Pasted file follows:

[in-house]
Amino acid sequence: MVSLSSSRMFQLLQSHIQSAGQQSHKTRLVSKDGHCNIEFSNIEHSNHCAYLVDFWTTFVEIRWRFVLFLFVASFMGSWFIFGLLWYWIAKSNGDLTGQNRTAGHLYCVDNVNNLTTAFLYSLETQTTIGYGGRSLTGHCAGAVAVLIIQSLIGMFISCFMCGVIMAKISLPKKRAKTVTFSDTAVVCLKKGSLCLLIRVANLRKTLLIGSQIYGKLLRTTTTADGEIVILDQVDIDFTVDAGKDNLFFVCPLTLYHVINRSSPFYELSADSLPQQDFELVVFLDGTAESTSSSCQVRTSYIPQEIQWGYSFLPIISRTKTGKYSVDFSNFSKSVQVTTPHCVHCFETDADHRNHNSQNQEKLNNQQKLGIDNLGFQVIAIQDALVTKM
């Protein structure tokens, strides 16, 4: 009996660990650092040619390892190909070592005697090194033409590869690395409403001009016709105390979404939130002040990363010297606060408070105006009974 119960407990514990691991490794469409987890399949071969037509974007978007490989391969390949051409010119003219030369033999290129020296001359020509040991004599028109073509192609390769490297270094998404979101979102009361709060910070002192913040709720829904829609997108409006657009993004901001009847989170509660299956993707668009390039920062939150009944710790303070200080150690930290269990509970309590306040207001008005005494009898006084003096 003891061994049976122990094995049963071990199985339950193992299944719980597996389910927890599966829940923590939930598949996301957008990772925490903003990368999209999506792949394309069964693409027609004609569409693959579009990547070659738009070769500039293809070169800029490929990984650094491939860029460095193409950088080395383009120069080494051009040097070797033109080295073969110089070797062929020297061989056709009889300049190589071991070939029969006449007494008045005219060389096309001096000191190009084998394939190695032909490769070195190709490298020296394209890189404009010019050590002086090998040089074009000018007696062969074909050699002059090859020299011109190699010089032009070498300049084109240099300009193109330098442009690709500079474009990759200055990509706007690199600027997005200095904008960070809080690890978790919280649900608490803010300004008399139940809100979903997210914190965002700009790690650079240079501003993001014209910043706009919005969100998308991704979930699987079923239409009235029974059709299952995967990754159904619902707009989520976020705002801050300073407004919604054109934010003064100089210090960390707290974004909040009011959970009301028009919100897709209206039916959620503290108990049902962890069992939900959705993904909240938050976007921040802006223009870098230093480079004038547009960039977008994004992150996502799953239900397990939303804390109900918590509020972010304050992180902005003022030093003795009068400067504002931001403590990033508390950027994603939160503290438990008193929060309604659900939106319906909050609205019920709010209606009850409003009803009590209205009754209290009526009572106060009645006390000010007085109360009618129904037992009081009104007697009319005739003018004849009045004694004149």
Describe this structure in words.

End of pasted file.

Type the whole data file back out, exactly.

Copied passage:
[in-house]
Amino acid sequence: MVSLSSSRMFQLLQSHIQSAGQQSHKTRLVSKDGHCNIEFSNIEHSNHCAYLVDFWTTFVEIRWRFVLFLFVASFMGSWFIFGLLWYWIAKSNGDLTGQNRTAGHLYCVDNVNNLTTAFLYSLETQTTIGYGGRSLTGHCAGAVAVLIIQSLIGMFISCFMCGVIMAKISLPKKRAKTVTFSDTAVVCLKKGSLCLLIRVANLRKTLLIGSQIYGKLLRTTTTADGEIVILDQVDIDFTVDAGKDNLFFVCPLTLYHVINRSSPFYELSADSLPQQDFELVVFLDGTAESTSSSCQVRTSYIPQEIQWGYSFLPIISRTKTGKYSVDFSNFSKSVQVTTPHCVHCFETDADHRNHNSQNQEKLNNQQKLGIDNLGFQVIAIQDALVTKM
């Protein structure tokens, strides 16, 4: 009996660990650092040619390892190909070592005697090194033409590869690395409403001009016709105390979404939130002040990363010297606060408070105006009974 119960407990514990691991490794469409987890399949071969037509974007978007490989391969390949051409010119003219030369033999290129020296001359020509040991004599028109073509192609390769490297270094998404979101979102009361709060910070002192913040709720829904829609997108409006657009993004901001009847989170509660299956993707668009390039920062939150009944710790303070200080150690930290269990509970309590306040207001008005005494009898006084003096 003891061994049976122990094995049963071990199985339950193992299944719980597996389910927890599966829940923590939930598949996301957008990772925490903003990368999209999506792949394309069964693409027609004609569409693959579009990547070659738009070769500039293809070169800029490929990984650094491939860029460095193409950088080395383009120069080494051009040097070797033109080295073969110089070797062929020297061989056709009889300049190589071991070939029969006449007494008045005219060389096309001096000191190009084998394939190695032909490769070195190709490298020296394209890189404009010019050590002086090998040089074009000018007696062969074909050699002059090859020299011109190699010089032009070498300049084109240099300009193109330098442009690709500079474009990759200055990509706007690199600027997005200095904008960070809080690890978790919280649900608490803010300004008399139940809100979903997210914190965002700009790690650079240079501003993001014209910043706009919005969100998308991704979930699987079923239409009235029974059709299952995967990754159904619902707009989520976020705002801050300073407004919604054109934010003064100089210090960390707290974004909040009011959970009301028009919100897709209206039916959620503290108990049902962890069992939900959705993904909240938050976007921040802006223009870098230093480079004038547009960039977008994004992150996502799953239900397990939303804390109900918590509020972010304050992180902005003022030093003795009068400067504002931001403590990033508390950027994603939160503290438990008193929060309604659900939106319906909050609205019920709010209606009850409003009803009590209205009754209290009526009572106060009645006390000010007085109360009618129904037992009081009104007697009319005739003018004849009045004694004149």
Describe this structure in words.